Across parts of Livingston Parish, trees and leafy bushes sprout from the dirt canals designed to whisk away storm water. 

Networks of road culverts that feed into canals, ditches and creeks are vital to Livingston's drainage, essential for moving rainwater off roads and down to the Amite River or Lake Maurepas. But in the eastern section of Livingston — all the territory east of Walker, making up 80 percent of the parish — those canals and ditches are often left to fill with vegetation and sediment. 

The problem, local councilmen say, is a lack of dedicated funding for routine maintenance. Instead, the system relies on parish public works employees occasionally stopping by to clear jams. 

It's very different picture in the western side of the parish, where property and sales taxes fund gravity drainage districts with combined budgets of about $4 million annually. District employees and work-release inmates ensure that foliage and debris is regularly cleared.

Officials say the lack of cleanup east of Walker leads to unnecessary flooding during routine rainstorms because water is slowly draining. They're asking local residents to approve taxes to change that, with measures on the Nov. 18 ballot to finance two drainage districts covering the east side of the parish at a combined total of about $1.7 million.

Councilmen Shane Mack, Jeff Ard, Jeff Averett and Tab Lobell, all rookies on the parish council, are counting on the memory of the devastating August 2016 floods to convince voters that this tax will actually help them protect their own property. They've got the support of the council and several heavy-hitting Livingston politicians, but say they are already facing opposition from residents wary of signing up for any new taxes. 

"You won't prevent all flooding. But I think that a gravity drainage district consistently working to improve drainage problems will minimize the impact of flooding. It really will," Mack said.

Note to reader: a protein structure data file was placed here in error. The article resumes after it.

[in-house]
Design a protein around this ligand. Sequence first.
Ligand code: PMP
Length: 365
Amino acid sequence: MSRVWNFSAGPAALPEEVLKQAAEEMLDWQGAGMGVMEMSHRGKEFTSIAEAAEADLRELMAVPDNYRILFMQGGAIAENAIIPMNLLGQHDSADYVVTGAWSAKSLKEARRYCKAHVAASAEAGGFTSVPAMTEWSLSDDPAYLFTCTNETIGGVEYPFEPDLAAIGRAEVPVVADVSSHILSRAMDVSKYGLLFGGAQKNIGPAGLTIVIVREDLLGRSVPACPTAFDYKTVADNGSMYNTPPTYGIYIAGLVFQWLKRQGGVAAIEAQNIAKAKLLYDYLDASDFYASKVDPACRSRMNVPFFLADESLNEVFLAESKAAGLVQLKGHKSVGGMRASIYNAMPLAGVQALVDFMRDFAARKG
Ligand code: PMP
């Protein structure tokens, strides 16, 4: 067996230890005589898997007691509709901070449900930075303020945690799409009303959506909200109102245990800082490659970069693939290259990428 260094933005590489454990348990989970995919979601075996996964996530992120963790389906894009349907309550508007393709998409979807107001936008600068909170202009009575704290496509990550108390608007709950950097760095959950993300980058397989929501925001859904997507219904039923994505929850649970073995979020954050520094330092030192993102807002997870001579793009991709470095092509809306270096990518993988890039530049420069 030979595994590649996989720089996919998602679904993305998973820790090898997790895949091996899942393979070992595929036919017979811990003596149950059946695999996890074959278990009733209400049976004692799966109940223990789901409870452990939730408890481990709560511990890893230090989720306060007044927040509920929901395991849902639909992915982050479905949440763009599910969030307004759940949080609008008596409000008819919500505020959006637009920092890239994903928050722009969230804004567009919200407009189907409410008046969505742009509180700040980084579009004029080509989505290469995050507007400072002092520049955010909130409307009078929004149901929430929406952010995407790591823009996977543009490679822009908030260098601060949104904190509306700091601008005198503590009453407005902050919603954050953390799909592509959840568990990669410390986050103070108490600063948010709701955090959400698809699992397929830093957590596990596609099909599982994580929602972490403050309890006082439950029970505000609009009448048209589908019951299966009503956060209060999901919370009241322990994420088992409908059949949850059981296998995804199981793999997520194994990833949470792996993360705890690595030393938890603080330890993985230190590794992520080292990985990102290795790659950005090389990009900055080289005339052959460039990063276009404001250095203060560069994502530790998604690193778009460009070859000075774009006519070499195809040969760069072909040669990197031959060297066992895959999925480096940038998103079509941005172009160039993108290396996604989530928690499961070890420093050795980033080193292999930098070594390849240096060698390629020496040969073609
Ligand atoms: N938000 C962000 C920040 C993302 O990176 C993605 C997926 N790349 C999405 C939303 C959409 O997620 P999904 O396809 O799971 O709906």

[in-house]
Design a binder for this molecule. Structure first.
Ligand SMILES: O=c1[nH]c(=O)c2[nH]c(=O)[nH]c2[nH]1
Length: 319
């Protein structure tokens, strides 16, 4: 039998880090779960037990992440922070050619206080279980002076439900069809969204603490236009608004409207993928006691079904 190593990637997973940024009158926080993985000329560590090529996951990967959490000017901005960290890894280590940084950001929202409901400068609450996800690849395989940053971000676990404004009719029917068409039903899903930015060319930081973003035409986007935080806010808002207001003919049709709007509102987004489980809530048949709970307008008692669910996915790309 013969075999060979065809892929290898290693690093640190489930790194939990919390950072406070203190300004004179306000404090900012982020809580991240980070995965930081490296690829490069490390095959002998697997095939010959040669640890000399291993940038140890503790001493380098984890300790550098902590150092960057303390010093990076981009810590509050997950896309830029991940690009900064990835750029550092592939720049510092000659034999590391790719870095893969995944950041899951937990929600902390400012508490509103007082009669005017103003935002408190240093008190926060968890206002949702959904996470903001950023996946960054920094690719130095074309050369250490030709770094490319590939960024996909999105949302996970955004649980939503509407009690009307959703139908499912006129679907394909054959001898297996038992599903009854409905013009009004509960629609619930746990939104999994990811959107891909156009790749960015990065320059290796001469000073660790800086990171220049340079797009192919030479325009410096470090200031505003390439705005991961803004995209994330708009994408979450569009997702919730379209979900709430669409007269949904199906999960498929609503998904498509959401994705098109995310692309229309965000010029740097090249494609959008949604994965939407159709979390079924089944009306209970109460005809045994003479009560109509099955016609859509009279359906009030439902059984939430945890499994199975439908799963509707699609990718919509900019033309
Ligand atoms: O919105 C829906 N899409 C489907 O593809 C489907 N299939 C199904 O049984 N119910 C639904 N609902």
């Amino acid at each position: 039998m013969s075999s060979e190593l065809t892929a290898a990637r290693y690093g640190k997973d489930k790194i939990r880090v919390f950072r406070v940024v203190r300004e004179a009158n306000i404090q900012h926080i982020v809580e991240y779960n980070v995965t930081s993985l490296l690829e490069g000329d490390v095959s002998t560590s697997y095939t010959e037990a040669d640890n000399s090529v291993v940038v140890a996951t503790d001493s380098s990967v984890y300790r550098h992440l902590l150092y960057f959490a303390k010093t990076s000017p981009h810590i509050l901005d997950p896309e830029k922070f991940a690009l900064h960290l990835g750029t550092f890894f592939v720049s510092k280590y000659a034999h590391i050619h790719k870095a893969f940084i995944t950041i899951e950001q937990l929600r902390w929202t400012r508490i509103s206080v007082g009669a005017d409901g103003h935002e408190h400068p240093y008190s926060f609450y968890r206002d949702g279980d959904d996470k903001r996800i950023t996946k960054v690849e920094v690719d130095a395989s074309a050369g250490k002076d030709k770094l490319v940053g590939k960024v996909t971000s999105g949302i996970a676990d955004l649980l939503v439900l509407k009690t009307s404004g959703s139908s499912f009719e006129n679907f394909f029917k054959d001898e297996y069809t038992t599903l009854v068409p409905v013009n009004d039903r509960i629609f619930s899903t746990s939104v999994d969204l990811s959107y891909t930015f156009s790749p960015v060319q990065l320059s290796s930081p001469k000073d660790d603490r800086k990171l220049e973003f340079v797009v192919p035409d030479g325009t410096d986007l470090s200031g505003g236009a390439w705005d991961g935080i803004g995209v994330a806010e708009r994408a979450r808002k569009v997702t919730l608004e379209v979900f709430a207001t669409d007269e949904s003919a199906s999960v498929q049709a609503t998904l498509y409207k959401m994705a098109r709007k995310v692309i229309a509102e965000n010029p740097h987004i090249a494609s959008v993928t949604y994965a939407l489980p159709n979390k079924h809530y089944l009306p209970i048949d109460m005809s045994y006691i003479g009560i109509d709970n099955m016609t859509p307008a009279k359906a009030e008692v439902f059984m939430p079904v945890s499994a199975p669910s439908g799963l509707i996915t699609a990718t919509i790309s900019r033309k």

A new tax

Livingston Parish is split into five drainage districts, but only three are funded. Those districts, which correspond roughly to the western cities of Denham Springs, Walker and Watson, are sponsored by property and sales taxes paid by people within their boundaries. Supervised by five-member boards, the districts boast full-time staff who maintain lateral drainage ditches — the small waterways that carry water from road culverts to creeks — and canals that channel storm water to the river and lake.  

In District 1, which includes Denham Springs, there are 16 full-time workers, who are also aided by work-release inmates. They routinely walk up and down the ditches, trim weeds and use heavy equipment to clear and dredge the canals, said manager Wesley Kinnebrew. The district also contracts with an engineer to review plans for new developments that may exacerbate existing drainage problems. 

This system does not exist in the eastern part of the parish, where Districts 6 and 7 have sat unfunded since their creation in 2009. A District 6 board tried and failed at least once to pass a tax for drainage maintenance at that time. Until recently, District 7 never had a board, according to current members.